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The 5 Steps To An Effective Sales Conversation

The Huffington Post The Huffington Post 16/03/2016 Elliot Begoun

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White, silver and black. Those are the three most common car colors according to my Google findings. With that information in hand, my son and I assembled outfits comprised of similar colors. We were planning a covert operation and were in need of camouflage. Our mission was to shop for a new car while remaining undetected by the gaggle of over-zealous, over-caffeinated salespeople, all of whom were poised and ready to pounce at the chance of putting us into the car of our dreams. Of course, our mission failed! We barely got on the lot before being spotted. The question is; why did I go to such lengths to avoid having to deal with a salesperson? Well, like most people, I detest being sold.

In today's knowledge-based economy, people don't want to be sold, they want to be heard. They expect to be able to voice their needs and wants. They will seek out information on their own terms. But, salespeople still need to sell and win new business, so how is that accomplished? It all starts with a basic understanding that sales is not transactional, it's relational, and every good relationship starts with a conversation. The word conversation is defined as "an informal exchange of information". The key element of that definition is the word exchange. Gone are the days of the "pitch". People don't care to hear about how awesome your product is, or how committed your company is to excellence. What people want is for you to listen to them more than they have to listen to you.

I work with many organizations helping them to have better sales conversations and build relationships with their customers. I teach a 5 step process which I have found to be effective and digestible. I thought that I would share that here in hopes that you find it of value.

Step One: Purpose
Before you ever pick up the phone or schedule a meeting, make sure you have a solid understanding of your purpose for doing so. It may sound obvious but, it is frequently overlooked. What is the goal for the call and what is the desired outcome? Studies have shown that it can take 7 or more interactions to close a sale. So, if this is your first call, it would be unrealistic to have the objective of closing the business. Yet, this is where most start. Rather, you should have a more reasonable purpose. For example, getting them to talk about a specific challenge, or open up about their business in order to entice a further investigation of your offered solution. Remember, you are looking to have an exchange of information.

Step Two: Research
As I mentioned earlier, we live in a knowledge-based economy. It is important to start a conversation with a basic understanding of to whom you are speaking. Again, before you ever pick up the phone or show up for a meeting, do your research. Learn what you can about the company and the individual with whom you will be conversing. You should look for overlap, which would be any place where you or your company intersect with them or their company. It could be a shared customer, interest or even a common challenge. Finding that overlap helps to solidify a real connection.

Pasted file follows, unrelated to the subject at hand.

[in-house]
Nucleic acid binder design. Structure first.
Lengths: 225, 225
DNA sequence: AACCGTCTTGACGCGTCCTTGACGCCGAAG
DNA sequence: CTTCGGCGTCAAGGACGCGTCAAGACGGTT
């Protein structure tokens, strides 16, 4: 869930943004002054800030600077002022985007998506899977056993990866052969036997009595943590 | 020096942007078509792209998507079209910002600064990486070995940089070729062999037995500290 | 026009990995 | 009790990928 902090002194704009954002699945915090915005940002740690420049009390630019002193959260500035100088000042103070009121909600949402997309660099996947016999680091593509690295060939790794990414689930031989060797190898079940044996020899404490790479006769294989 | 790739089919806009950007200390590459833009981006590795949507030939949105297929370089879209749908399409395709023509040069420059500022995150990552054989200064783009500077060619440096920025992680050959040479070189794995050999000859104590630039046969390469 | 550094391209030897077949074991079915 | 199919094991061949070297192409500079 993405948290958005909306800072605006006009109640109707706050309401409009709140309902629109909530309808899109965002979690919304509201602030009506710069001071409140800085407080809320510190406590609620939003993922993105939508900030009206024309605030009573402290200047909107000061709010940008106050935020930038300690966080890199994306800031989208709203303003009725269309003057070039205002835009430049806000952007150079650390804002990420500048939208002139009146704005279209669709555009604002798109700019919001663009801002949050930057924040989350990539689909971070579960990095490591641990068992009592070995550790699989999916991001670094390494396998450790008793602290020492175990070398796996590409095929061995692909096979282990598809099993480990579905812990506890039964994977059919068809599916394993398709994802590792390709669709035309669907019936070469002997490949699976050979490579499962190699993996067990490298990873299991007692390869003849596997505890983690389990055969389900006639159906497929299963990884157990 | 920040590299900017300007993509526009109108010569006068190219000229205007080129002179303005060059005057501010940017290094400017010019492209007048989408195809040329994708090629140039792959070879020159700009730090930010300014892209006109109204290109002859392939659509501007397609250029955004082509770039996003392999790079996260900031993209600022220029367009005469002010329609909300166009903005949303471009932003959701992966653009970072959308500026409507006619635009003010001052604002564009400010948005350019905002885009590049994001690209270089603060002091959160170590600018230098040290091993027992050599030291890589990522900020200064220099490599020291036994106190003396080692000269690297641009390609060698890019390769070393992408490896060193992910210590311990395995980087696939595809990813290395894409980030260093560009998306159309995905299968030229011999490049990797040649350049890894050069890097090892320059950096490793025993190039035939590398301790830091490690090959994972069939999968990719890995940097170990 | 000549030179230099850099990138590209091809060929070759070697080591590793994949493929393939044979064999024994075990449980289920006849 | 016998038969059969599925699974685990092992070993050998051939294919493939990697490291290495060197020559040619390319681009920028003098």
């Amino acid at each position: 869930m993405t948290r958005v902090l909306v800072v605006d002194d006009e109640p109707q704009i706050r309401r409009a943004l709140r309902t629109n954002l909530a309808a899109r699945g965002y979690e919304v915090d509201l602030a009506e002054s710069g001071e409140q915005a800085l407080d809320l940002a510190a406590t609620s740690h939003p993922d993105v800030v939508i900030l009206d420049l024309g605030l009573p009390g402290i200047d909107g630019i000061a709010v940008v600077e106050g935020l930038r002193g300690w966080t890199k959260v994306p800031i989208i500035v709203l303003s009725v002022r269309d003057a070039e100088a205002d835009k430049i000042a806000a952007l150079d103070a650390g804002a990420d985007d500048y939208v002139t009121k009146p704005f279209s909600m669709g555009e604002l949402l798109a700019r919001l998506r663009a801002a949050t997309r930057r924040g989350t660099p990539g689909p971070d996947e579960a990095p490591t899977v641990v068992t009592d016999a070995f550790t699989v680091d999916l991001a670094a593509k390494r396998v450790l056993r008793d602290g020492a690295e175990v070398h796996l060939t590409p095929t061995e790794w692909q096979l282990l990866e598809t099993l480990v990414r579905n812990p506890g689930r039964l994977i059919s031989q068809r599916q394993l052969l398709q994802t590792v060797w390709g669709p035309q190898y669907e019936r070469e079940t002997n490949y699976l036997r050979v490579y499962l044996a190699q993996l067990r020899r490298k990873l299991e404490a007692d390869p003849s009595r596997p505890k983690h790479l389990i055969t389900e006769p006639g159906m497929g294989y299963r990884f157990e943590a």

Step Three: Question
Here is something that is very critical to grasp. People like to hear themselves talk not you, and if they are given the opportunity to do so, they're much more likely to share what is important to them. So your job is to ask open-ended questions that will get them to talk. Refer back to both your purpose for the conversation and the research you have done. Together, those should help guide the development of your questions. The more open ended and well developed the question, the more detailed and informative the answer.

Step Four: Listen
This is the most important step in the process. I have written extensively about the basic human need to be heard, cared for, valued and respected. You can meet that need by being an active and reflective listener. Let them talk, give them the space to share. An active listener is engaged, physically and mentally. A reflective listener validates the speaker by rephrasing and repeating what it is they heard. For most, this takes a lot of effort and practice. We tend to want to jump in when we feel we have value to add. But trust me, there is no greater way to add value to a conversation than to simply listen to what is being said.

Step Five: Ask
Here is something that is missed all too often, the "ask". A talk becomes a sales conversation when you make the "ask", and every interaction should end with just that. The "ask" is how you move the ball forward. Eventually, it is how you go for the close. However, in the early stages, the "ask" could be as simple as setting up the next meeting or getting them to join a webinar. It isn't as important what the action actually is as long as there is one. Don't just let things end, get some commitment to continue the conversation.

People don't want to be sold, they want to be heard A sales person should not be a predator in search of her prey but rather, a farmer who is cultivating his field. Go have a nice conversation and build a new relationship. If you eventually sell something, that just makes it even better.
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Elliot Begounis the Principal of The Intertwine Group. He works to grow businesses and business leaders. He helps companies tell their stories and build relationships with their customers. He helps leaders better connect and communicate with those whom they lead, and serves as a thinking partner to executives and their teams.Other ways to connect:GROW | Website | LinkedIn | Twitter | Facebook | Google+ |

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